The type of material whose density is to be determined determines the procedure to be used in determining its density and thus the procedure is a factor of the given material. Geometrical formula and equation are used in the determination of the density of regular shaped objects. Each solid object of a regular shape has a corresponding geometric formula and equation that is deployed in the determination of its density and the formula does not change with changes in the dimensions of the shape. In this lab experiment, the regular shaped objects that were used were a sphere and a prism (Slowinski 168). The geometric formulae that were thus used in the calculation of the density was , for the case of the spherical shape and

The density of a liquid is determined through direct measurement. Through the use of direct measurement, the experimental density of water as the liquid used in this experiment was found to be 0.06 g/cm3 and a percentage error of 94% found in the final results. The high percentage error illustrates the level of mistakes and errors that were performed in taking the direct measurements.

## Experiment 1: Test for Liquid Density

Displacement of volume is used in the estimation of the volume of irregular shaped objects. The various measurements involving the irregular shaped object in this experiment were taken and the measurements used in the formulation of the final density of the object as per the experiment (Cook 215). The irregular shaped object only identified as sample was found to have a density of 1 g/cm3. Calculations and considerations were not made as far as the percentage error in the determination of the theoretical density of the sample was concerned. This could be attributed to the fact that the theoretical density of the sample was not included as part of the information about the experiment (Slowinski 188). The size of the sample considered was significant and this ensured more meaningful results were obtained from the experiment. The use of a very small sized sample would lead not to significant data collected thereby making the experiment fail to achieve its objectives. The measuring cylinder used was to one decimal place. Such marking of units do not provide a high level of precision of the results when it comes to recording the difference in the levels of water. Still, chances are that the graduated cylinder may fill beyond the measured are and this would lead to variations in the results of the density of the sample.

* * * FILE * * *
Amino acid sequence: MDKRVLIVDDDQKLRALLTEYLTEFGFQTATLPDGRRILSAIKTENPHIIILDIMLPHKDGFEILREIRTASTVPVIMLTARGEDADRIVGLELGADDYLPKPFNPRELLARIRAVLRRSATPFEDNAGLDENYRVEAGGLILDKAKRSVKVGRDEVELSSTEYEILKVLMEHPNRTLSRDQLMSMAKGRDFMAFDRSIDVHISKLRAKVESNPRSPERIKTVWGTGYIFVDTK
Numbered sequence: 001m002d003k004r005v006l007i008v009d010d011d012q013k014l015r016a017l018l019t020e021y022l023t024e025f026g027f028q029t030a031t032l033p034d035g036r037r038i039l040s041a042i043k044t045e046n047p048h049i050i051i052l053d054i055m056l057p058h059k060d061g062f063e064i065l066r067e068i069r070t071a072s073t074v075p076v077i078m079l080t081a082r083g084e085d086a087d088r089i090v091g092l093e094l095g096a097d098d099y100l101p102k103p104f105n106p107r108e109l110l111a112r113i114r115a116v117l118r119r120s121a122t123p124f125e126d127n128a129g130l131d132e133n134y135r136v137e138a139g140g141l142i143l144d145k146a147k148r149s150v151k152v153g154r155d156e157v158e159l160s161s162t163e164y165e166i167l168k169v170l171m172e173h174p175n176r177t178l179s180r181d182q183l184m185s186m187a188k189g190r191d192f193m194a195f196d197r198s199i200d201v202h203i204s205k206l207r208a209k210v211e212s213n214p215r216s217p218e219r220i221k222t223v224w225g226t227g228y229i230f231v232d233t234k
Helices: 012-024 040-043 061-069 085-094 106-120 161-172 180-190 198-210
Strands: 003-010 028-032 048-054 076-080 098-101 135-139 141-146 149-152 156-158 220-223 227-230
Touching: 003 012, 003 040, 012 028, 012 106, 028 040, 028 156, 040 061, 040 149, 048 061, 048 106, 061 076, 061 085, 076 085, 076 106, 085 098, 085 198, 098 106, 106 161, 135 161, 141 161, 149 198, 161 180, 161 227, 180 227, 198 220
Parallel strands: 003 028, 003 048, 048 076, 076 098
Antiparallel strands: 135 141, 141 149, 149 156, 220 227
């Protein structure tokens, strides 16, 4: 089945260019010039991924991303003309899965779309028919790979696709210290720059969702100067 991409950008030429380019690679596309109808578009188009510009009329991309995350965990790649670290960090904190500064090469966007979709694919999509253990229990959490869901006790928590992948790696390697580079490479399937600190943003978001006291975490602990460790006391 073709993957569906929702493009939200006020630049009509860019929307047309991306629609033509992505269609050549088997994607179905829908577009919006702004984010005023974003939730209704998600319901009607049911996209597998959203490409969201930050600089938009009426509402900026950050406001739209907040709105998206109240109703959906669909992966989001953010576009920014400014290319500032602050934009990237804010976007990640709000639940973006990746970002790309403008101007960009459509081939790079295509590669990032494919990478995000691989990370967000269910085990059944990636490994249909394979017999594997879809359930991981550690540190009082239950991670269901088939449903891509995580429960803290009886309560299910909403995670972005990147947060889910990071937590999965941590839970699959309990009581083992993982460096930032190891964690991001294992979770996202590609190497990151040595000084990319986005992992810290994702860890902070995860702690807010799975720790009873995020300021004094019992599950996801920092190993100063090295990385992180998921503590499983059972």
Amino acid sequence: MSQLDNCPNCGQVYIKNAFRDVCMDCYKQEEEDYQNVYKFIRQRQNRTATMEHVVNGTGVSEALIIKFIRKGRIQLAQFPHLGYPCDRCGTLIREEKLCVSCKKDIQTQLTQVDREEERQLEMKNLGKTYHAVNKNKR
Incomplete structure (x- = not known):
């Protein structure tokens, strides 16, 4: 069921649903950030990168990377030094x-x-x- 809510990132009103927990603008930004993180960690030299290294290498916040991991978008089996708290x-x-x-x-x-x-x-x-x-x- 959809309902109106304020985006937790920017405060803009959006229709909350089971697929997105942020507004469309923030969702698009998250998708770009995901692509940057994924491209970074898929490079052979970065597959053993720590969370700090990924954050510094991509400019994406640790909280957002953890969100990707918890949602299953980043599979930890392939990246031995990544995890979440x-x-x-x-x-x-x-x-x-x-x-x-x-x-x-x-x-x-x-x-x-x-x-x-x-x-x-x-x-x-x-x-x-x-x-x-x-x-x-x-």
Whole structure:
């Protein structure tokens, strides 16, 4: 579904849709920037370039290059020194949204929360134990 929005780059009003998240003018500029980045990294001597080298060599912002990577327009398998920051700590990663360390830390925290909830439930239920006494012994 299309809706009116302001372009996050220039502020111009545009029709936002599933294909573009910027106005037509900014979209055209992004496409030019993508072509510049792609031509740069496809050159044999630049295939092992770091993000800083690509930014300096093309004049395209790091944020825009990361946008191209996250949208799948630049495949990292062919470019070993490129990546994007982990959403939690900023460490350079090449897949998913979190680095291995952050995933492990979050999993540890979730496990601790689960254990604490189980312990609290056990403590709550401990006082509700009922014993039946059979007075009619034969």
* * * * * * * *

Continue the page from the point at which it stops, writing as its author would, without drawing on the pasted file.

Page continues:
The objective of this density laboratory that aimed at calculating the density of water, irregular shapes and regular shapes has been met. It was also possible to determine the percentage error in the estimation of the density of water, which was done upon collection of data. Balances were used in the determination of the masses of each of the substances that was to be used in the experiment (Lebedev 278). The volume of the graduated cylinders had as well to be measured including the mass when both empty and containing substances. The volume of water in the graduated cylinder was measured, an irregular shaped object dropped inside the cylinder and the measurement of the new volume taken. The variation between the two volumes became the volume of the irregular shaped object.

The theoretical density of water from the density lab was found to be 0.06 g/cm3 while the densities of the regular objects were 0.0906 g/cm3, 0.987 g/cm3 and 0.335 g/cm3 for the shapes 1, 2 and 3 respectively (Holzbecher 177). The objectives of the lab were met in the determination of the density of the substances in the experiment. The density of the each of the substances was determined by dividing the mass by the volume of each of the substances. An error of 94% was established in the calculation of the density of water using the experimental values found.

Cook, Trevor. Experiments with States of Matter. London: The Rosen Publishing Group, 2009.

Emil Slowinski, Wayne C. Wolsey. Chemical Principles in the Laboratory. Cengage Learning, 2013.

Hiroyuki Fukuyama, Yoshio Waseda. High-Temperature Measurements of Materials. London: Springer Science & Business Media, 2012.

Holzbecher, Ekkehard O. Modeling Density-Driven Flow in Porous Media: Principles, Numerics, Software. Mancheste: Springer Science & Business Media, 2012.

Kyrala, George A. High Energy Density Laboratory Astrophysics. Kansas: Springer Science & Business Media, 2015.

Leavitt, Loralee. Candy Experiments, Volume 1. New York: Andrews McMeel Publishing, 2013.

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Mireles, Alberto Munguia. Field Book For Quality Control In Earthwork Operations. New York: iUniverse, 2014.

National Research Council, Division on Engineering and Physical Sciences, Board on Physics and Astronomy, Plasma Science Committee, Committee on High Energy Density Plasma Physics. Frontiers in High Energy Density Physics: The X-Games of Contemporary Science. Geneva: National Academies Press, 2013.